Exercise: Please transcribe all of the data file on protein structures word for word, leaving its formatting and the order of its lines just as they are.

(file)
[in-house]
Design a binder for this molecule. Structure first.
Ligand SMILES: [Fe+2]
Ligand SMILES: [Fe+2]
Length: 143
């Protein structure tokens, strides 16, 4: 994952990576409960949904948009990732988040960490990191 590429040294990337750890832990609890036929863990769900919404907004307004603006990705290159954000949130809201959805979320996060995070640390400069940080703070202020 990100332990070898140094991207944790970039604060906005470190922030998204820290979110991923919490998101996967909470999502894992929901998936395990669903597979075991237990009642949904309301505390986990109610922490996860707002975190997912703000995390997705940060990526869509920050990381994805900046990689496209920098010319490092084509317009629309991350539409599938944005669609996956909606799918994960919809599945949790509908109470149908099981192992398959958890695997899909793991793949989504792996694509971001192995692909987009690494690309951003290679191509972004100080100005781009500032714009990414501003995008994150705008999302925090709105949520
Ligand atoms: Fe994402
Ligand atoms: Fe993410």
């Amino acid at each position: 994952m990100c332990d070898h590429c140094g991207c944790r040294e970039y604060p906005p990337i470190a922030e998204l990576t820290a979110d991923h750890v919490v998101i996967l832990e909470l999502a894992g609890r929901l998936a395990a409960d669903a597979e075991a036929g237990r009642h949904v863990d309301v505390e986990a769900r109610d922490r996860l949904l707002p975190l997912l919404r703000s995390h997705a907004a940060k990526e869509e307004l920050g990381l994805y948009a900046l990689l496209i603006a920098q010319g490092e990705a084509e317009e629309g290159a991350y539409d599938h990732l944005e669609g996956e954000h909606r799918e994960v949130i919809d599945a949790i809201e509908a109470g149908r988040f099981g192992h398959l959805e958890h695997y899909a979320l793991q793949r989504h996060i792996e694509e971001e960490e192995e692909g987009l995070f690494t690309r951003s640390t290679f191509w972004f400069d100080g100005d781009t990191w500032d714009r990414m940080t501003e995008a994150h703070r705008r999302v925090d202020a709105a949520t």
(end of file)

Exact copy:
[in-house]
Design a binder for this molecule. Structure first.
Ligand SMILES: [Fe+2]
Ligand SMILES: [Fe+2]
Length: 143
């Protein structure tokens, strides 16, 4: 994952990576409960949904948009990732988040960490990191 590429040294990337750890832990609890036929863990769900919404907004307004603006990705290159954000949130809201959805979320996060995070640390400069940080703070202020 990100332990070898140094991207944790970039604060906005470190922030998204820290979110991923919490998101996967909470999502894992929901998936395990669903597979075991237990009642949904309301505390986990109610922490996860707002975190997912703000995390997705940060990526869509920050990381994805900046990689496209920098010319490092084509317009629309991350539409599938944005669609996956909606799918994960919809599945949790509908109470149908099981192992398959958890695997899909793991793949989504792996694509971001192995692909987009690494690309951003290679191509972004100080100005781009500032714009990414501003995008994150705008999302925090709105949520
Ligand atoms: Fe994402
Ligand atoms: Fe993410």
């Amino acid at each position: 994952m990100c332990d070898h590429c140094g991207c944790r040294e970039y604060p906005p990337i470190a922030e998204l990576t820290a979110d991923h750890v919490v998101i996967l832990e909470l999502a894992g609890r929901l998936a395990a409960d669903a597979e075991a036929g237990r009642h949904v863990d309301v505390e986990a769900r109610d922490r996860l949904l707002p975190l997912l919404r703000s995390h997705a907004a940060k990526e869509e307004l920050g990381l994805y948009a900046l990689l496209i603006a920098q010319g490092e990705a084509e317009e629309g290159a991350y539409d599938h990732l944005e669609g996956e954000h909606r799918e994960v949130i919809d599945a949790i809201e509908a109470g149908r988040f099981g192992h398959l959805e958890h695997y899909a979320l793991q793949r989504h996060i792996e694509e971001e960490e192995e692909g987009l995070f690494t690309r951003s640390t290679f191509w972004f400069d100080g100005d781009t990191w500032d714009r990414m940080t501003e995008a994150h703070r705008r999302v925090d202020a709105a949520t």